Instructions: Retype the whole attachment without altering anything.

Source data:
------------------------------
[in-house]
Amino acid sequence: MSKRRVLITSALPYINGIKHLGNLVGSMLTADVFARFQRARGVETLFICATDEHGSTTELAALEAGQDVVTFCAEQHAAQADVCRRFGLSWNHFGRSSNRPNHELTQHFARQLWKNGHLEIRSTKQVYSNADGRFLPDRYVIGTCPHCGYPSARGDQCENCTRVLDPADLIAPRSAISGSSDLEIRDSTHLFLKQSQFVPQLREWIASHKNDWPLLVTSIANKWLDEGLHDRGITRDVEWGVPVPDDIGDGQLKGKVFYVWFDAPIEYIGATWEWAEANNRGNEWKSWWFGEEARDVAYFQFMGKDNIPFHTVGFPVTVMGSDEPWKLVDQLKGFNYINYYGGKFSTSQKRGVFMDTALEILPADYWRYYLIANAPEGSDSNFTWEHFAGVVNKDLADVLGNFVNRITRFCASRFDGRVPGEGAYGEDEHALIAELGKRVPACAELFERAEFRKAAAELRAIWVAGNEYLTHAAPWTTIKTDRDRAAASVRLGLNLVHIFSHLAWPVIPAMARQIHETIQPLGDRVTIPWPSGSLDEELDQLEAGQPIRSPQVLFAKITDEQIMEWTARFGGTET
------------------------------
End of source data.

[in-house]
Amino acid sequence: MSKRRVLITSALPYINGIKHLGNLVGSMLTADVFARFQRARGVETLFICATDEHGSTTELAALEAGQDVVTFCAEQHAAQADVCRRFGLSWNHFGRSSNRPNHELTQHFARQLWKNGHLEIRSTKQVYSNADGRFLPDRYVIGTCPHCGYPSARGDQCENCTRVLDPADLIAPRSAISGSSDLEIRDSTHLFLKQSQFVPQLREWIASHKNDWPLLVTSIANKWLDEGLHDRGITRDVEWGVPVPDDIGDGQLKGKVFYVWFDAPIEYIGATWEWAEANNRGNEWKSWWFGEEARDVAYFQFMGKDNIPFHTVGFPVTVMGSDEPWKLVDQLKGFNYINYYGGKFSTSQKRGVFMDTALEILPADYWRYYLIANAPEGSDSNFTWEHFAGVVNKDLADVLGNFVNRITRFCASRFDGRVPGEGAYGEDEHALIAELGKRVPACAELFERAEFRKAAAELRAIWVAGNEYLTHAAPWTTIKTDRDRAAASVRLGLNLVHIFSHLAWPVIPAMARQIHETIQPLGDRVTIPWPSGSLDEELDQLEAGQPIRSPQVLFAKITDEQIMEWTARFGGTET